Dana Vollmer “Never Did Retire,” Might Return To Race Pool

Photo Courtesy: Peter H. Bick

Editorial content for the 2015 Arena Pro Swim Series Santa Clara is sponsored by Arena. For full Swimming World coverage, check out our coverage page.

Dana Vollmer quietly stepped away from the race pool after the 2013 world championships, settling into a private life with husband Andy Grant. Almost four months ago, she gave birth to son Arlen.

In the meantime, Vollmer’s world record of 55.98 in the 100 butterfly was almost broken by Sarah Sjostrom almost two weeks ago with a 56.04.

“It was fun to watch people getting closer (to my record), and I look forward to watching more,” Vollmer said during the webcast of the Arena Pro Swim Series in Santa Clara, Calif., on Saturday.

But the 2012 Olympic champion in the 100 fly might do more than watch at the next Olympic Games. Vollmer announced during her chat with Universal Sports’ Rowdy Gaines and Ted Robinson that she has been back in the pool for “about a month and a half,” though she stopped short of saying that she is pursuing a goal of competing at the 2016 Olympic Trials.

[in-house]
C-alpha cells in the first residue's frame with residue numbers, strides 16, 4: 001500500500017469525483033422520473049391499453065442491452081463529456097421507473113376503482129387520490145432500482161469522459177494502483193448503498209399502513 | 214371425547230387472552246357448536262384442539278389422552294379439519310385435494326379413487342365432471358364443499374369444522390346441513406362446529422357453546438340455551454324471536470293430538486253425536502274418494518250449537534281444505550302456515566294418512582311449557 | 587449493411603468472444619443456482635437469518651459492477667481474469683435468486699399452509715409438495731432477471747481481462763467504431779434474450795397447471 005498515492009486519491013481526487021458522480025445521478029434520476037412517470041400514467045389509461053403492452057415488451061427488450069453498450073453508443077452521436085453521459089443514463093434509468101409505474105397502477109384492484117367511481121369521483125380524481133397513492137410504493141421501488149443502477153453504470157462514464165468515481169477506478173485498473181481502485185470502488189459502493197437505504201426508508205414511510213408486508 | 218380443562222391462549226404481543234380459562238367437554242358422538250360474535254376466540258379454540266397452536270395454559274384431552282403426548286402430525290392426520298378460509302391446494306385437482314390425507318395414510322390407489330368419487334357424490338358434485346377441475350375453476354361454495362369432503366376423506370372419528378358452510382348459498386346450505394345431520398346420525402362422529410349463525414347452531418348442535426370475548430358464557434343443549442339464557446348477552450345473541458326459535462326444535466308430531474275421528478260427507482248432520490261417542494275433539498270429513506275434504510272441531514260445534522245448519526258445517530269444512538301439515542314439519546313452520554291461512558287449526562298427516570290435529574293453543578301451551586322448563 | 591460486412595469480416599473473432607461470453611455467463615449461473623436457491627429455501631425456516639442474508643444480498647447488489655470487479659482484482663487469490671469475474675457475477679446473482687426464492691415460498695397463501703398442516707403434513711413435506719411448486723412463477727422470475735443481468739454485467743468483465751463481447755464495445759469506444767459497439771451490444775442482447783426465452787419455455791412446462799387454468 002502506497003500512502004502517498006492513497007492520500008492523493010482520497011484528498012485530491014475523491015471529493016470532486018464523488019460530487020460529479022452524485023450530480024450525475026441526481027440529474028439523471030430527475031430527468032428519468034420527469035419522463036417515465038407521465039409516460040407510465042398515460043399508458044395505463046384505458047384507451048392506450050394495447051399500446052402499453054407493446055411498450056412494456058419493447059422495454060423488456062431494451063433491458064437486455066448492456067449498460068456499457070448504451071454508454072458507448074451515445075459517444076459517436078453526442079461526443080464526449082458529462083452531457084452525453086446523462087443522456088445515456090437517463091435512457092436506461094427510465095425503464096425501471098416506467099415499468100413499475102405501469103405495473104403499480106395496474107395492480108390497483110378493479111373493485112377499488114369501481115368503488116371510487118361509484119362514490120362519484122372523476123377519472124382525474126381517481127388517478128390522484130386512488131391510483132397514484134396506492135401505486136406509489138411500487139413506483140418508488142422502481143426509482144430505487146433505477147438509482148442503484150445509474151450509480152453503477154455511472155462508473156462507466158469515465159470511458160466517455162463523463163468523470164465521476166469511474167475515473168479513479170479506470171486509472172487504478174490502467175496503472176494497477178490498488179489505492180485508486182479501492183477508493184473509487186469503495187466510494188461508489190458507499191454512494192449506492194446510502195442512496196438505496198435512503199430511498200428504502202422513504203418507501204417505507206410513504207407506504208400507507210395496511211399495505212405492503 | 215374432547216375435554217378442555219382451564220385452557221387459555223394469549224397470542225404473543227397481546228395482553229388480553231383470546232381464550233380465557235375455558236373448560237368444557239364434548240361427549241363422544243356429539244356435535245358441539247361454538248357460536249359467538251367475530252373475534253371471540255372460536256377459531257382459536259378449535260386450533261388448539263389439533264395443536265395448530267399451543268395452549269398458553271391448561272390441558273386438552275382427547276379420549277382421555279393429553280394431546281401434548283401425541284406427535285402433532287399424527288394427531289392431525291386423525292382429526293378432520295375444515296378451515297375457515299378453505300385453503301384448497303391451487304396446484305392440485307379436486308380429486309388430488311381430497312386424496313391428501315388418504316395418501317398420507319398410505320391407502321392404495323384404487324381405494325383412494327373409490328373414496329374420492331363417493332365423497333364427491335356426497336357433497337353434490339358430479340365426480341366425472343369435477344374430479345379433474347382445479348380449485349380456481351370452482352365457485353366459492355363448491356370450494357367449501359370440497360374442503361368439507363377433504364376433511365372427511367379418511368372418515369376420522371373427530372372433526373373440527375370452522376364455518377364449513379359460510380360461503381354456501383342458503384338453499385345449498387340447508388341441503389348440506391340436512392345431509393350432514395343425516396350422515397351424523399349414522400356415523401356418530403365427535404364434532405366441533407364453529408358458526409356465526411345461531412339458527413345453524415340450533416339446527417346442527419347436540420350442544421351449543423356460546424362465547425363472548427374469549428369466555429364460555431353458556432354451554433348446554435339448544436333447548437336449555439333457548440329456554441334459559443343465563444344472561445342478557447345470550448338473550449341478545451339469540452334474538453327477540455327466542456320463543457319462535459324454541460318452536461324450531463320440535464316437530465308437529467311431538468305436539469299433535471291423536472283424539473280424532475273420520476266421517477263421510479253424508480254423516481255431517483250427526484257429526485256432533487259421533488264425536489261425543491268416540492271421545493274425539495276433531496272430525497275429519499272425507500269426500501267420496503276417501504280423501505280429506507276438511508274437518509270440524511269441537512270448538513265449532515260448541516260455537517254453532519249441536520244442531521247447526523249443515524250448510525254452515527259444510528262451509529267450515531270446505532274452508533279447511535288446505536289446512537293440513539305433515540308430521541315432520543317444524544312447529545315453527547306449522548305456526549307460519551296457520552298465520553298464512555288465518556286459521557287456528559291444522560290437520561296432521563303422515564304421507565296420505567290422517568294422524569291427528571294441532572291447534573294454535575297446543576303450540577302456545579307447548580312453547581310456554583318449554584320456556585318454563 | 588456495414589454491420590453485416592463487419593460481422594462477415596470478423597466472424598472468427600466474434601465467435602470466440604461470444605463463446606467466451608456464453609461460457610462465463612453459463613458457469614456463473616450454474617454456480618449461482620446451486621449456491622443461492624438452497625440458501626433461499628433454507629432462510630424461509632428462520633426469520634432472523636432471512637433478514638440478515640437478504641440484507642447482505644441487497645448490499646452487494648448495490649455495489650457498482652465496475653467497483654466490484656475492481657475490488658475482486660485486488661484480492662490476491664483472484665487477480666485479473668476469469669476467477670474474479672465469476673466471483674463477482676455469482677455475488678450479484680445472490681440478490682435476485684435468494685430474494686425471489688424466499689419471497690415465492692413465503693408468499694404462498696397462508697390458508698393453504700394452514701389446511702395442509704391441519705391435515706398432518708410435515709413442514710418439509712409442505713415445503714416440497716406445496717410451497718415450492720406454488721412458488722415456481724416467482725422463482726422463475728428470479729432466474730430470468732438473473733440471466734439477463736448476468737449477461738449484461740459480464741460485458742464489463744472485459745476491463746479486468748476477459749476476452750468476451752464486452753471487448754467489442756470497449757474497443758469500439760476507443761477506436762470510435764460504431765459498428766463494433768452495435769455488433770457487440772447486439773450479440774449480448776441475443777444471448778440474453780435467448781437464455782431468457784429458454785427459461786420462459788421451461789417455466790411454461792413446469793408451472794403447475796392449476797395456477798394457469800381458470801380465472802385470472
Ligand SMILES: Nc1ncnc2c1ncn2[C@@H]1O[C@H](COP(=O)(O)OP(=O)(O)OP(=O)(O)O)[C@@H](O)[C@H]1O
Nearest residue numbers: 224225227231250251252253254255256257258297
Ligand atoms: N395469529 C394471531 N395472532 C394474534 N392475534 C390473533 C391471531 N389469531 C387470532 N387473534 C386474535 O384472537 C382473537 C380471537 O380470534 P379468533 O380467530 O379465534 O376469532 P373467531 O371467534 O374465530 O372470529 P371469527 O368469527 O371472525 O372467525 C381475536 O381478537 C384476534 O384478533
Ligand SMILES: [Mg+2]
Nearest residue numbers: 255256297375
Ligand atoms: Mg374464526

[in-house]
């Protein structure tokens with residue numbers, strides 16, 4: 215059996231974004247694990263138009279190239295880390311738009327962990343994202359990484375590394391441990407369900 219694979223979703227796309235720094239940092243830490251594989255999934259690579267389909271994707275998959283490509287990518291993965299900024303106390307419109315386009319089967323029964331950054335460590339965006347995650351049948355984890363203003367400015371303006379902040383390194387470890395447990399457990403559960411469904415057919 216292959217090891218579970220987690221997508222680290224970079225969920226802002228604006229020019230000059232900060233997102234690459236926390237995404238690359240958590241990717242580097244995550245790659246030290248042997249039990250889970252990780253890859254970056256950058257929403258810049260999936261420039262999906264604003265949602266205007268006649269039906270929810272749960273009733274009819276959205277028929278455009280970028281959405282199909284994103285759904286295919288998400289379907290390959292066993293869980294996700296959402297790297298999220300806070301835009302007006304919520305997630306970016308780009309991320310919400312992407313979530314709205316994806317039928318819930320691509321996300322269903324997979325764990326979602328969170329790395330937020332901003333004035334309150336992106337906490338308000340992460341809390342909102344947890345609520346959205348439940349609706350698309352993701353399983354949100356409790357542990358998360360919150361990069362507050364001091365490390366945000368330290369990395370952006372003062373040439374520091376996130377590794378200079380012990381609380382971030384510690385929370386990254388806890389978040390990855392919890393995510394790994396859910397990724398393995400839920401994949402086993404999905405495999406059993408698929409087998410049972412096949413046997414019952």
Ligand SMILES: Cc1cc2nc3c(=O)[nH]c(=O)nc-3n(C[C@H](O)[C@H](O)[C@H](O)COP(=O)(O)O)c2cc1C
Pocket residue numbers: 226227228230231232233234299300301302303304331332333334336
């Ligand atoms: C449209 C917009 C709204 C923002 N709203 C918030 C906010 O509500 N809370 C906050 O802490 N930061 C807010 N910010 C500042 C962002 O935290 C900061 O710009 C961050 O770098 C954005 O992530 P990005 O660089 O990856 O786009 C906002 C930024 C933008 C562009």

“I never did retire,” Vollmer said. “I always wanted to leave it open. If I get back in shape, I’ll see what I do in the pool. I’ve gone a few practices with the girls at Berkeley and it’s been a lot of fun.”

Vollmer would have her hands full domestically to make the Olympic team. Claire Donahue, her 100 fly teammate in London in 2012, continues to rank high in the U.S. in the event. Kelsi Worrell has made drastic improvements in the past year, while Felicia Lee and Kendyl Stewart are also going to be in the hunt in Omaha next year.

“I miss the thrill, and I never thought I would miss the nerves,” she said. “I want to be back in and feel that thrill.”

2 Comments

2 comments

  1. Jakob Schmidt

    Katharina Monzii?
    Mangler bare Soni nu…

Author: Jeff Commings

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Jeff Commings is the Senior Writer for SwimmingWorld.com and Swimming World Magazine. He graduated from the University of Texas at Austin with a degree in journalism and was a nine-time NCAA All-American.

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